7. Toad in the Hole
While many of the dishes on our list were developed by the upper classes, the toad in the hole is courtesy of lower-income households in British food culture history. Toad in the hole can be traced back to the 18th century and is believed to have been used to create a cheap meat dish. Nowadays, sausage is used in the dish, but cheaper meats such as pigeon or spam were previously used as low-cost replacements.
Toad in the hole stereotypically consists of a row of sausages cooked in a dough batter. Interestingly, the batter used is similar to the batter used for Yorkshire puddings. Since the dishes were developed at a similar time, you can notice the cost-cutting trend and commonly available ingredients like batter.
After baking, the dish is served on a main plate for diners to self-serve. A generous amount of gravy, typically meat, is then poured over your portion of toad in the hole – perfectly finishing the final touches to the meal.
8. Cornish Pasty
The pasty has an illustrious history within British food culture. Traceable back to the 13th century, according to Historic UK, ‘it wasn’t until the 17th and 18th centuries that the pasty was adopted by miners and farm workers in Cornwall’. And, it was these miners and farm workers that strengthened the immortality of the famed Cornish pasty.
The pasty itself is made from shortcrust or rough puff pastry. Kneading together a mixture of flour, fat such as lard, and water, you create an elastic dough that you leave to rest refrigerated for a few hours.
While the pastry is resting, the filling is usually prepared. A Cornish pasty is traditionally filled with diced or cubed beef skirt. Potato, turnip, and onion, then bulk out the filling, all peeled and diced. Finally, thick brown gravy is often added to give the pasty some extra flavor and delicious consistency.
After this period, you cut the pastry into circles, adding the meat and vegetable mixture to the center. Folding the pastry over, you create a sealed half-circle shape – the Cornish pasty we all know and love.
If you would like to try a Cornish pasty, the best place to find one would be Cornwall. However, you are not doomed if Cornwall is not on your British itinerary, as Cornish pasties are served in shops and bakeries across Britain.
So, as a quick disclaimer, scones originate from Scotland, not Britain. However, thanks to the age-old practices of afternoon tea in Britain, the scone has remained constantly in the spotlight within British food culture. Its pronunciation is one also of the biggest debates amongst different British dialects – pronounced ‘scon’ or ‘ss-cone’.
Scones are not a massively sweet dish, although some are lightly sweetened or served with jam or marmalade to achieve a sweet taste. The baking process is very similar to baking biscuits, involving a mixture of ingredients including flour, butter, and milk to create a breadcrumb consistency. Scones also have fruits baked into their mixture. Raisins, currants, and even glazed cherries are added to scones – achieving a sweeter taste. Alternatively, some scones are made more savory with the addition of grated cheese.
If you’d like to sample British scones for yourself, you should have no trouble finding some. Book in for an afternoon tea, head to a café, or look for a bakery – there are plenty of scones to go round.
10. Fish Finger Sandwich
A newer addition to British food culture, the humble fish finger sandwich can be traced back to 1955. A simple concept but one many chefs have taken and created masterpieces with; a fish finger sandwich is classic comfort food in British food culture. The sandwich has that much status in Britain that in 2017 Birdseye hosted a Fish Finger Sandwich Awards competition. And, in the celebrity chef world, renowned chef Jamie Oliver even released his own recipe and twist on the budget-friendly dish.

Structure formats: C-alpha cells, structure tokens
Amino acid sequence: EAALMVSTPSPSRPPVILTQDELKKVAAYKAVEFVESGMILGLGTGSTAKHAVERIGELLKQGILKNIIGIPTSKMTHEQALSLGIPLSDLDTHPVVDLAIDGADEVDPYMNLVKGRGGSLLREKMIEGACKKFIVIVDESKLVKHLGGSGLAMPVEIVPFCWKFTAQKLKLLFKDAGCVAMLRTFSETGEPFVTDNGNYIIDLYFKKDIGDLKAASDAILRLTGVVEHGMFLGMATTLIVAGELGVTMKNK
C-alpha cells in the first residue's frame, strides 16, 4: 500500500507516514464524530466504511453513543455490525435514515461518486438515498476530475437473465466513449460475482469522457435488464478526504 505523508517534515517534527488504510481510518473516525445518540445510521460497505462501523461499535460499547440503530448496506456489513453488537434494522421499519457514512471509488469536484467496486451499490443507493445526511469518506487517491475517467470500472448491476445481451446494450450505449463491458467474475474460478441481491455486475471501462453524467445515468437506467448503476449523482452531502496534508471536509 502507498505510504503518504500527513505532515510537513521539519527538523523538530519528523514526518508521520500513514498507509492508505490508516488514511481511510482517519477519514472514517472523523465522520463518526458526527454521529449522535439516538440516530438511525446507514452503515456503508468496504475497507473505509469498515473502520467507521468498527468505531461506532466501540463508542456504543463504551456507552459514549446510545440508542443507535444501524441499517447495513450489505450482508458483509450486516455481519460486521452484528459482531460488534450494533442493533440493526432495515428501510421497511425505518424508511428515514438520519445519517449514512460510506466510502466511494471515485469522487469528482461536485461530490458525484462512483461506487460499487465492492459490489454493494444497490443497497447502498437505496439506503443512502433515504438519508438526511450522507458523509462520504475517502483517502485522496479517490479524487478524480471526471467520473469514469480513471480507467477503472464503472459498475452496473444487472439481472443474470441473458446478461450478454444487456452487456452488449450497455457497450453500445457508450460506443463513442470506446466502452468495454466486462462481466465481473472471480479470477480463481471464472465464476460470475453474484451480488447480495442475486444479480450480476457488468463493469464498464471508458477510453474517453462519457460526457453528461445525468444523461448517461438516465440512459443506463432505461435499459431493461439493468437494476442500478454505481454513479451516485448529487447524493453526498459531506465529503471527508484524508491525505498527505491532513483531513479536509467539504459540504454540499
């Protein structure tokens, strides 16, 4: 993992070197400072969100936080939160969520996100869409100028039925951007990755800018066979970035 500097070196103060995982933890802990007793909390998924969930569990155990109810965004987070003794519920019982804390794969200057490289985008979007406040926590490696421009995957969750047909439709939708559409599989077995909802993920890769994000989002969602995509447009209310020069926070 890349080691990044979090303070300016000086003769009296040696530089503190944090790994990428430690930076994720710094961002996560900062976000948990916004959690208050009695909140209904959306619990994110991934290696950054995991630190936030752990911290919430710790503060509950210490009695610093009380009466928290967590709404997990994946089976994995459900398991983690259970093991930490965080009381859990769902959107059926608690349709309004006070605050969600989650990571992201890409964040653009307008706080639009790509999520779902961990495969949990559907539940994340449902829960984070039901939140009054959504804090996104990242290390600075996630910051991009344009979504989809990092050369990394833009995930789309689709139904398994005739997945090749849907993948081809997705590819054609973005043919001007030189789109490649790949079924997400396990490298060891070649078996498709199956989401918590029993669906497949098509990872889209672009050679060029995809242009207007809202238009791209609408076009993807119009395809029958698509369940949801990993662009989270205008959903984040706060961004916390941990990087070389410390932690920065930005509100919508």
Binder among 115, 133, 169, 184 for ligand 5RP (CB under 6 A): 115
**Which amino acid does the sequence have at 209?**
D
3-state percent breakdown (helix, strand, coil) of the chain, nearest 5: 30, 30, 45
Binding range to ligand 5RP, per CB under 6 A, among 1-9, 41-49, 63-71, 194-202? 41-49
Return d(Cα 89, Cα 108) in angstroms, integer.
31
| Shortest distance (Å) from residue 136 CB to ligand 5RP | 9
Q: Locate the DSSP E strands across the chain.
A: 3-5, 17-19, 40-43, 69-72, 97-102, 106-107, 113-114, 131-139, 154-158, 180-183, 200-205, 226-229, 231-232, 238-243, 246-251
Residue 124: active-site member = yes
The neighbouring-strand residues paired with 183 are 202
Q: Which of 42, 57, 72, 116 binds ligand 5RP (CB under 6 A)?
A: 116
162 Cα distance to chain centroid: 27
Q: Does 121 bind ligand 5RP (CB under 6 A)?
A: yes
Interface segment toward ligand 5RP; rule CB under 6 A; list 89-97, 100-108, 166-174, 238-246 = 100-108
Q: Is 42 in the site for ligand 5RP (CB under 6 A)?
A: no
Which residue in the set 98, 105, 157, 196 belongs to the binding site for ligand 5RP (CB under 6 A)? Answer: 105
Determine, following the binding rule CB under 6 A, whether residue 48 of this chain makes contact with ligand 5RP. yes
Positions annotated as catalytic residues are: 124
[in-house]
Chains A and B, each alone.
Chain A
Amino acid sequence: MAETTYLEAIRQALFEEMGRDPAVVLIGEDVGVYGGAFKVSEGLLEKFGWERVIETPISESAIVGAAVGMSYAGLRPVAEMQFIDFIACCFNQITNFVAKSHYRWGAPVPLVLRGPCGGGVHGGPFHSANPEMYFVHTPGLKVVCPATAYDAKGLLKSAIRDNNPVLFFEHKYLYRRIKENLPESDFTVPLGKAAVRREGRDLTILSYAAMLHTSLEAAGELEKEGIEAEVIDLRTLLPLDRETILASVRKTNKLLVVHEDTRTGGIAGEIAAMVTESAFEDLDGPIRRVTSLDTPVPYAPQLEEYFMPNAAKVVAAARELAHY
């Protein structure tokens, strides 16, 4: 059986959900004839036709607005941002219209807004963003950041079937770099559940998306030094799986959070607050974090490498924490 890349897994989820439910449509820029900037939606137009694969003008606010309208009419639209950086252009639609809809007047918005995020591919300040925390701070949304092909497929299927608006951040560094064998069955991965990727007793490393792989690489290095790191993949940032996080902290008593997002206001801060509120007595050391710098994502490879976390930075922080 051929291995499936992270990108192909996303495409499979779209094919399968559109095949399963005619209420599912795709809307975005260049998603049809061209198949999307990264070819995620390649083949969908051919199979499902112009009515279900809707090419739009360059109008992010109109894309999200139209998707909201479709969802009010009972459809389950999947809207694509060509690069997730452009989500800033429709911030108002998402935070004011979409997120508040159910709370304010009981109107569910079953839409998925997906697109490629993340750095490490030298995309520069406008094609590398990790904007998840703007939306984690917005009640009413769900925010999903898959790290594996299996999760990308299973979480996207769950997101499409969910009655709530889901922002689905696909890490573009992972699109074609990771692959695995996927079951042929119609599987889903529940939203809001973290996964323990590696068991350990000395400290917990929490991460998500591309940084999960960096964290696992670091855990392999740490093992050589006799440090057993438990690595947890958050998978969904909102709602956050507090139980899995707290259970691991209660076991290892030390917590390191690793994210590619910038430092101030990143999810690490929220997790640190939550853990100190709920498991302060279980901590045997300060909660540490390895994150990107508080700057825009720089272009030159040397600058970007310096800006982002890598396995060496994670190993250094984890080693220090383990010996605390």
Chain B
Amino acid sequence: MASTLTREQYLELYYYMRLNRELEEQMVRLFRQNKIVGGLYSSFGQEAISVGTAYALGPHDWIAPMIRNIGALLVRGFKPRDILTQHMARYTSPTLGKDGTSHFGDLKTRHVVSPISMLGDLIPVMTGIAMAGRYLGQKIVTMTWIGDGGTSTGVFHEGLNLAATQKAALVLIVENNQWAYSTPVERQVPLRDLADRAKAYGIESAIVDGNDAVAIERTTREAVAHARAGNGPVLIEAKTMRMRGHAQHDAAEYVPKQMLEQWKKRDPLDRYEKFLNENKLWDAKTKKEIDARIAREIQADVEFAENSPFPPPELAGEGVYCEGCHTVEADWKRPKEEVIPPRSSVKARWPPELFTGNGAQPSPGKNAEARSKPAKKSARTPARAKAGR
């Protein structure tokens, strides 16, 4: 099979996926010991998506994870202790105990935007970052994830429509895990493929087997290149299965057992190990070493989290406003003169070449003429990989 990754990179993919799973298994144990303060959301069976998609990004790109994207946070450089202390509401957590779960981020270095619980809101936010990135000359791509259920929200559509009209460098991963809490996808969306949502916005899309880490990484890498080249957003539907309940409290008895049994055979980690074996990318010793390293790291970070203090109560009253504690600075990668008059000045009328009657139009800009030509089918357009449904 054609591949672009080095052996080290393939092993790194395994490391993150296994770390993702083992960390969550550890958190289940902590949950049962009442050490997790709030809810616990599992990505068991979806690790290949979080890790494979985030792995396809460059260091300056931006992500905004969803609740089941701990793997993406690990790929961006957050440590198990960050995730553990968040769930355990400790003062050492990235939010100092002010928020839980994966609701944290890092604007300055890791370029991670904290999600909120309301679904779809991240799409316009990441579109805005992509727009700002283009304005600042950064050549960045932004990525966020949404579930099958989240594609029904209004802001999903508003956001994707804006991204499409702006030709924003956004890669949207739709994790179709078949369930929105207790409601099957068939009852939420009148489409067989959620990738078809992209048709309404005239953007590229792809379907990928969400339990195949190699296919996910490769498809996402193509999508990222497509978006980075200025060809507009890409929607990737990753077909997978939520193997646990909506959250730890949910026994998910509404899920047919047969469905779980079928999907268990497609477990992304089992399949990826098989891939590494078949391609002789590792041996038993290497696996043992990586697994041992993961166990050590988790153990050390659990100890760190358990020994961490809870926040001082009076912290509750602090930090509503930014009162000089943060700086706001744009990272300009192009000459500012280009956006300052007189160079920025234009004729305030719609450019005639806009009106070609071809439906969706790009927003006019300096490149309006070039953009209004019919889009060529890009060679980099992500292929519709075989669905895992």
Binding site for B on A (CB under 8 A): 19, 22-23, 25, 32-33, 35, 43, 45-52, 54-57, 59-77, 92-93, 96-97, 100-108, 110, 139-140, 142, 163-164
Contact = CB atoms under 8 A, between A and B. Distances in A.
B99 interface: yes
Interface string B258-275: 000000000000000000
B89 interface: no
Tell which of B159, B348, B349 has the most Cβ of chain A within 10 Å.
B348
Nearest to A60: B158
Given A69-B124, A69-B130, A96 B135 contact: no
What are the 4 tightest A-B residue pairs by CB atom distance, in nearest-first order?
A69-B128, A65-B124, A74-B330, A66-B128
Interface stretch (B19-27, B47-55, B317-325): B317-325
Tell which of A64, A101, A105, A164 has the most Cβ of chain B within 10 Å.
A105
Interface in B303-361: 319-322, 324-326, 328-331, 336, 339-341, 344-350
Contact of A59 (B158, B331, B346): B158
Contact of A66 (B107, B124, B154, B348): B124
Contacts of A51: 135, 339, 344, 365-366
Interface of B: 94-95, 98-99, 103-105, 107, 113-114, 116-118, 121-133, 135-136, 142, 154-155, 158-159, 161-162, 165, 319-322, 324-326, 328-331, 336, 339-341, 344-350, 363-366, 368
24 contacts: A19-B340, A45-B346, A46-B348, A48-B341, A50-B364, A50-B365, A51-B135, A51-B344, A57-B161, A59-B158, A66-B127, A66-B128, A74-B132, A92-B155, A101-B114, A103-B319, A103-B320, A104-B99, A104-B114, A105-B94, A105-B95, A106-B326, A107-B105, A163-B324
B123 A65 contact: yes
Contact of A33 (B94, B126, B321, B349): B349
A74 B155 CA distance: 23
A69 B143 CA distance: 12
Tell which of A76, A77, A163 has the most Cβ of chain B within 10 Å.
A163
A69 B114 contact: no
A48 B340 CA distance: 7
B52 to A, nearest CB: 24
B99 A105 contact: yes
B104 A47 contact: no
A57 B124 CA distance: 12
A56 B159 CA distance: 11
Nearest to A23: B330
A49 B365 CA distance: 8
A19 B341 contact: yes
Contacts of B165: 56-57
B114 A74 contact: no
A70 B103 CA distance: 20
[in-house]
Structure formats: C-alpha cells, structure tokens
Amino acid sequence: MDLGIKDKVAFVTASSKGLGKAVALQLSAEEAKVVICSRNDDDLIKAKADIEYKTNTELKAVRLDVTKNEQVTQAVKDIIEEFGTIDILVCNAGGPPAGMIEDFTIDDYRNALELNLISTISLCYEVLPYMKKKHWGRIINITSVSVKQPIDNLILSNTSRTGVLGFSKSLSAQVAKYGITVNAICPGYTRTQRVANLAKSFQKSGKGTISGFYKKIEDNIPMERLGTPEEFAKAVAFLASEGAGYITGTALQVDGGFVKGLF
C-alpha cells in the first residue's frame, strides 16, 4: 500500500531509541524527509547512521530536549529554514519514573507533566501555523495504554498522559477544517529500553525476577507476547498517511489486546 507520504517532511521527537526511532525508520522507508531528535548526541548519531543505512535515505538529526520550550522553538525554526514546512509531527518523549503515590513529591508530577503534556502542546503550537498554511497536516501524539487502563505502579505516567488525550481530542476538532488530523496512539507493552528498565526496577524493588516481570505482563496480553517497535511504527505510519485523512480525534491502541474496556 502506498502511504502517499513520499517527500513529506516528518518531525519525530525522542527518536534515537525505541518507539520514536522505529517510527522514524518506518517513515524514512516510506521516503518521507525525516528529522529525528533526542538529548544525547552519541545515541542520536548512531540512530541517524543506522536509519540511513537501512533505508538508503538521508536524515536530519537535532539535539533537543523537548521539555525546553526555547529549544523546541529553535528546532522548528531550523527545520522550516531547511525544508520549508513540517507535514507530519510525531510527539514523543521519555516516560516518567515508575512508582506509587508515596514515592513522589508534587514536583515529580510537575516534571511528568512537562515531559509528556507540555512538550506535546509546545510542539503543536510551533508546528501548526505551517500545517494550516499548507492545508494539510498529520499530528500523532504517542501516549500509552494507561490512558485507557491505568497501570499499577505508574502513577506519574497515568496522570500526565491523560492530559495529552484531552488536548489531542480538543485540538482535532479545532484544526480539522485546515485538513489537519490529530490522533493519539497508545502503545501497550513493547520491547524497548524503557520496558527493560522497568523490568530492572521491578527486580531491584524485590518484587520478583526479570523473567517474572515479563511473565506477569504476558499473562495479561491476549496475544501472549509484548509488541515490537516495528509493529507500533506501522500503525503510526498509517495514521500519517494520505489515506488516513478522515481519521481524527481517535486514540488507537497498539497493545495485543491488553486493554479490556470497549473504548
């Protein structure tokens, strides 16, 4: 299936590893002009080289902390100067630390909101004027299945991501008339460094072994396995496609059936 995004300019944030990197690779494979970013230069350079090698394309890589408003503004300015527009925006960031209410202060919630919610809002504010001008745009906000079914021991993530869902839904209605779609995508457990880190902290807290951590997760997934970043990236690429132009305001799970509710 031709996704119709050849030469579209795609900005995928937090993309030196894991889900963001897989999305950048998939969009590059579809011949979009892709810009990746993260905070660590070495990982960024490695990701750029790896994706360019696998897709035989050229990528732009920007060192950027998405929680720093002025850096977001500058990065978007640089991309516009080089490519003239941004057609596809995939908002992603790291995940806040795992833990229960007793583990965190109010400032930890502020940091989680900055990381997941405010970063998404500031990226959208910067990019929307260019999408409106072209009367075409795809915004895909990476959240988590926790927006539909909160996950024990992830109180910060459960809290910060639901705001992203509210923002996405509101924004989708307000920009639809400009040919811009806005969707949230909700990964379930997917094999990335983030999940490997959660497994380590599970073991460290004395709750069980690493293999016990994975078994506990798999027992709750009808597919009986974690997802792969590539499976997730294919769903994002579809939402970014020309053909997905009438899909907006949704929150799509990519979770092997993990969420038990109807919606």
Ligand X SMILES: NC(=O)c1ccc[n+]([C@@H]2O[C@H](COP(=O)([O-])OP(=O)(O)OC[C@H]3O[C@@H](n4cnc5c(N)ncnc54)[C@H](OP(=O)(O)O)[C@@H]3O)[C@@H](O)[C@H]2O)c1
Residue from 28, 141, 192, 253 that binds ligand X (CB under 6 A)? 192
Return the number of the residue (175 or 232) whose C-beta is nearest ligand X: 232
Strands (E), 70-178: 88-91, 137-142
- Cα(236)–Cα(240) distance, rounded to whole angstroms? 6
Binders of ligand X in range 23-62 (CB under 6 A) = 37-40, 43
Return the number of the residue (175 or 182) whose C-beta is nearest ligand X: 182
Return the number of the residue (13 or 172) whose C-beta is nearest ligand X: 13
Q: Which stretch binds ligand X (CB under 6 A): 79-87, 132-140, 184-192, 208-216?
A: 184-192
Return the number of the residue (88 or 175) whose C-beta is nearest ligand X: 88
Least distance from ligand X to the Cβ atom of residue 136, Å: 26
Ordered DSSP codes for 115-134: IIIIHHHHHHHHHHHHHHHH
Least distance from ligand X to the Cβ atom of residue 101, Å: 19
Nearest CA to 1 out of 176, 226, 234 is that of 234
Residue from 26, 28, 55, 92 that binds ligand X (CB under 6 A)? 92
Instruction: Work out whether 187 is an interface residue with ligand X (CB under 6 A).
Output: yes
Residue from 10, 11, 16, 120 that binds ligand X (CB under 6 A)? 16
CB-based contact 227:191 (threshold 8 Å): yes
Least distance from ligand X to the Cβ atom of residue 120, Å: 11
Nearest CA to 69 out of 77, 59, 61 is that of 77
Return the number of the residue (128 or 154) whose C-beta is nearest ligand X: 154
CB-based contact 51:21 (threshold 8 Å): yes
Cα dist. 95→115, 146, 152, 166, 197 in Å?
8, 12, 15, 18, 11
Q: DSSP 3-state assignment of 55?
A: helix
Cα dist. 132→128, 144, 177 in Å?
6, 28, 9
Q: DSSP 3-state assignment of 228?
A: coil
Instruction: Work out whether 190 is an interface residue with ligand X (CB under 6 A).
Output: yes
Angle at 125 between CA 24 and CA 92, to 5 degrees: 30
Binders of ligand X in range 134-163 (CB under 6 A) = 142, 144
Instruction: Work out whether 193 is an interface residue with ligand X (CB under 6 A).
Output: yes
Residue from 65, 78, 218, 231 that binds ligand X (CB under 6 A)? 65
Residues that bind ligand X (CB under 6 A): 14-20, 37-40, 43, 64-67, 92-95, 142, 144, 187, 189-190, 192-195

A fish finger sandwich is simply made from cooked fish fingers and bread of your choice. When it comes to condiments and fillings, the world is your oyster. However, popular sauce choices include tartare sauce, tomato ketchup, and mayonnaise. For filling ingredients, shredded lettuce, rocket, and even gherkins make appearances on suggested recipes online.
A fish finger sandwich can be more elusive when dining in Britain. It is typically a popular household dish as opposed to a restaurant or café meal. However, Bill’s chain restaurant serves fish finger sandwiches across London, alongside the independent venues like Chapel Café in Cornwall. With a quick google search, you can find the nearest fish finger sandwich near you.
While not a dish on its own, Marmite is one of the most loved spreads in British food culture. However, it was German scientist Justus Liebig who actually invented the spread. Then, 1902 saw the opening of the Marmite Food Company in Staffordshire, Britain, and its popularity took off.
Marmite comes with the affectionate term ‘love it or hate it’. The spread has a notorious taste, with the brewer’s yeast creating a thick, strong-tasting gloop. Extremely spreadable and a source of national pride, Marmite has become added to the most unlikely of dishes over the years.
Whether it’s Marmite on toast, Marmite crisps, or even Marmite pasta – rest assured sampling Marmite will be an adventurous experience.
What is considered to be traditional British food?
While British food derives worldwide influences, traditional British food is what many associate with pub and comfort food. Yorkshire puddings, bangers and mash, and steak and kidney pie are all dishes considered to be traditional British food.
What is a typical breakfast Britain?
A typical British breakfast is an English fry up. A fry-up consists of egg, sausages, bacon, baked beans, and hash browns. Sliced tomatoes, mushrooms, and black pudding are also commonly served. An English fry up comes as a generous portion and all on one impressively heaped plate – the perfect, filling start to a day.
How important is food in Britain?
Food is an important part of British culture, and dining routines were massively influential as social practices throughout British history.
Dinner parties, afternoon tea, and lunches all made up important opportunities for socializing in British history, particularly in the Victorian and Georgian eras. In the Victorian era, multiple courses of a meal became eaten, and it is said that Queen Victoria would indulge in seven courses. In British history, dining was an important way to network and often a signature of social status.
What food is Britain famous for?
Fish and chips are the most famous British dish. While being a favorite for those visiting coastal towns, the dish is served across the county, with a local ‘chippy’ present in most towns and every city.